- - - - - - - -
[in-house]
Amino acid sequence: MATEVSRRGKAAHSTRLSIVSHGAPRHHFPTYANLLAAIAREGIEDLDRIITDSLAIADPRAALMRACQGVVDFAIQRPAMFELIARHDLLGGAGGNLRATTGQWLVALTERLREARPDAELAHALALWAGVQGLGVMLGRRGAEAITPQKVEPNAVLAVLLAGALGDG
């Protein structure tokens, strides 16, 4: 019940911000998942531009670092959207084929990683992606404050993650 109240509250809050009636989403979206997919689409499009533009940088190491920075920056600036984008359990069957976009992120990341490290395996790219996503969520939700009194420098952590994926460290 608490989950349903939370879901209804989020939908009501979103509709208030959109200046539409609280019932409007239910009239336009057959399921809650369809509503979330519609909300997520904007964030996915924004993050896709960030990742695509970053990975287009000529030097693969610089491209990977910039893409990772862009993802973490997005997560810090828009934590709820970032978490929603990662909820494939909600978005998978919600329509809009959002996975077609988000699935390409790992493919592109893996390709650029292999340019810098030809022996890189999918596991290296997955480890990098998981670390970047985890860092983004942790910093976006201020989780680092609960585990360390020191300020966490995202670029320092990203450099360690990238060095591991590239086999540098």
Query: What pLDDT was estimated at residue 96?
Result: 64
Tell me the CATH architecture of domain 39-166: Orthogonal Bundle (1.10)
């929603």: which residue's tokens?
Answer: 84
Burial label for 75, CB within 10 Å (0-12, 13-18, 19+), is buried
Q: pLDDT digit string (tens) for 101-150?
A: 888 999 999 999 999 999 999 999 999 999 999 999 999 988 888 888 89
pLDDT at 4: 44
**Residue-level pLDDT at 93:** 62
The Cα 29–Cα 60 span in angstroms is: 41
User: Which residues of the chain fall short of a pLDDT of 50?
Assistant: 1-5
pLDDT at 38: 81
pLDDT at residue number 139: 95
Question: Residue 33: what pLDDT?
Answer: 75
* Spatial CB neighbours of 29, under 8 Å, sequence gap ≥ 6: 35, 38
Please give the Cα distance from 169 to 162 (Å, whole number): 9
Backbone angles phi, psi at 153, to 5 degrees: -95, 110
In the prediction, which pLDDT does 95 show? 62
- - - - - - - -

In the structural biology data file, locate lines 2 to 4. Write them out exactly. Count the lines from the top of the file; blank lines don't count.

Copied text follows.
Amino acid sequence: MATEVSRRGKAAHSTRLSIVSHGAPRHHFPTYANLLAAIAREGIEDLDRIITDSLAIADPRAALMRACQGVVDFAIQRPAMFELIARHDLLGGAGGNLRATTGQWLVALTERLREARPDAELAHALALWAGVQGLGVMLGRRGAEAITPQKVEPNAVLAVLLAGALGDG
């Protein structure tokens, strides 16, 4: 019940911000998942531009670092959207084929990683992606404050993650 109240509250809050009636989403979206997919689409499009533009940088190491920075920056600036984008359990069957976009992120990341490290395996790219996503969520939700009194420098952590994926460290 608490989950349903939370879901209804989020939908009501979103509709208030959109200046539409609280019932409007239910009239336009057959399921809650369809509503979330519609909300997520904007964030996915924004993050896709960030990742695509970053990975287009000529030097693969610089491209990977910039893409990772862009993802973490997005997560810090828009934590709820970032978490929603990662909820494939909600978005998978919600329509809009959002996975077609988000699935390409790992493919592109893996390709650029292999340019810098030809022996890189999918596991290296997955480890990098998981670390970047985890860092983004942790910093976006201020989780680092609960585990360390020191300020966490995202670029320092990203450099360690990238060095591991590239086999540098």
Query: What pLDDT was estimated at residue 96?